How to Enable Alternative Authentication Methods using Group Policy and Intune
We know the vulnerabilities of passwords today. User accounts are constantly under siege by credential stuffing attacks and malicious code and tools like key loggers that aim to capture passwords as users type them in. That’s why it is essential to support password authentication with some type of multifactor authentication such as a text messaging, authenticator apps or FIDO keys.
For Windows 10 and Windows 11, there are alternative sign-in methods available. For instance, biometric logons might be a good choice for those users that have laptops with built-in fingerprint sensors. Picture passwords may appeal to some organizations as an alternative. The Windows picture password sign-in requires a user to duplicate several gestures on a selected picture. Then again, those organizations that want to enforce standard desktop for all users may not want this option to be available. For users that always log onto the same computer, a PIN may be lucrative as a PIN is local to a specific device so a compromised pin is only good for its assigned device.
The point of this blog is just to show you how to enable/disable these alternatives using Group Policy or Intune. Let’s start with picture passwords. If you want to disable this option using Group Policy, create a GPO and go to Computer Configuration > Administrative Templates > System > Logon and enable “Turn off picture password sign-in” as shown below. The PIN setting is in the same location. In the screenshot below, I have disabled both options.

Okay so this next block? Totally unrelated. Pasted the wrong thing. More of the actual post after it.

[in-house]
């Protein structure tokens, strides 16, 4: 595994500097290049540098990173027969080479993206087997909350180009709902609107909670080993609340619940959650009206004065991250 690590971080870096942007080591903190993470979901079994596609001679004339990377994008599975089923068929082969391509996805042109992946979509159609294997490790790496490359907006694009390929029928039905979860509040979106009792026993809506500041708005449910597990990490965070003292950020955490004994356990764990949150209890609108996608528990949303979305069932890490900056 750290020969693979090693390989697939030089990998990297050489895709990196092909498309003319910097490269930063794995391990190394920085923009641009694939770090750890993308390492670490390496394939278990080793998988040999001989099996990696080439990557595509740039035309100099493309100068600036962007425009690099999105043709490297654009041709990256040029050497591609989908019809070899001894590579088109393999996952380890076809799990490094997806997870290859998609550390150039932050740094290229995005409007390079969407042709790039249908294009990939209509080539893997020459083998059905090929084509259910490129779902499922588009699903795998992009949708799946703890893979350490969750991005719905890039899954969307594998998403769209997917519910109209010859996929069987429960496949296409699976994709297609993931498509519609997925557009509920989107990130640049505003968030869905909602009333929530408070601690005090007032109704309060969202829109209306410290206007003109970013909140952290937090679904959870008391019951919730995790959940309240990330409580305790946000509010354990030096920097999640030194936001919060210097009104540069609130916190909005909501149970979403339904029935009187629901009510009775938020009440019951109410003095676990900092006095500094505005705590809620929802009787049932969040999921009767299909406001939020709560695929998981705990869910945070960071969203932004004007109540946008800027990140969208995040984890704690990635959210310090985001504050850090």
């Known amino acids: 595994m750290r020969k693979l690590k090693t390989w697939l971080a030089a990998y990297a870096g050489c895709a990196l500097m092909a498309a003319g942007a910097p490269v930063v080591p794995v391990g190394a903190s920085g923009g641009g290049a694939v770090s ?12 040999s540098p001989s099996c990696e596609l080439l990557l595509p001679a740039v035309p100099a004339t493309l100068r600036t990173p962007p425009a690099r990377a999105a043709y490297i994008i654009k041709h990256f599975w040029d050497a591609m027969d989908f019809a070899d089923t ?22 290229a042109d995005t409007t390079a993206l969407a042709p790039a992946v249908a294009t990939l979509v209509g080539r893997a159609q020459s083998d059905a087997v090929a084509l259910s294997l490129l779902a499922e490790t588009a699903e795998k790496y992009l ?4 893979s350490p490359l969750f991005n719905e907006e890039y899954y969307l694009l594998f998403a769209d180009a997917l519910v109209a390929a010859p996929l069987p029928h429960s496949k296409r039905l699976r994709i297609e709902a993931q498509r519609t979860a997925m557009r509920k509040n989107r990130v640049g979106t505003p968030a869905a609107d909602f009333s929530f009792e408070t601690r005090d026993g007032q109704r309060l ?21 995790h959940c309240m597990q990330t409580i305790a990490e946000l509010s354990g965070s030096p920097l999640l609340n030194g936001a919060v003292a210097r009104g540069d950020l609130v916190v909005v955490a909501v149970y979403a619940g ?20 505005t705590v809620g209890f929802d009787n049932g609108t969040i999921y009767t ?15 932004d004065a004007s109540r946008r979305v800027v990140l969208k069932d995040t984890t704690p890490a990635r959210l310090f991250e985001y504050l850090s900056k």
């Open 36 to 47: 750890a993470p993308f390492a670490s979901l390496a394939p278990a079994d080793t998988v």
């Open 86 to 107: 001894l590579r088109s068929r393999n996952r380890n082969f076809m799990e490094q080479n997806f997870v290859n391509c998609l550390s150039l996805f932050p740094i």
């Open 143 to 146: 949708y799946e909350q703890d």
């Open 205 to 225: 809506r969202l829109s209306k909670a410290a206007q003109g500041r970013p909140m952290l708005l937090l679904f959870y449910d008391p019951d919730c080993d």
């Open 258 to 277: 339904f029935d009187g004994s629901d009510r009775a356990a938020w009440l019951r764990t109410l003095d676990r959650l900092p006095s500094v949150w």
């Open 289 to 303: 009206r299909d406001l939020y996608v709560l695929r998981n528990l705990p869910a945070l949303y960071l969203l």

You use the same Administrative Template path in for Intune as well. Create a configuration profile and select Windows 10 and later as the platform and Templates > Administrative templates as the profile. Then navigate to Computer Configuration > Administrative Templates > System > and enable Turn off picture password sign-in as shown in the screenshot below. Once again, the PIN setting is there as well.
For fingerprint scanning or other biometric authentication options, create a GPO and go to Computer Configuration > Windows Components > Biometrics and select “Allow the use of biometrics” and “Allow users to log on using biometrics.” In the screenshot below I have enabled both of these.
To manage biometric settings using Intune, create a configuration profile and select Windows 10 and later as the platform and Templates > Identity protection as shown below.
After naming the profile, go an enable “Configure Windows Hello for Business. This will then provide access to all of its category settings. Then select, “Allow biometric authentication” with the result looking like the screenshot below.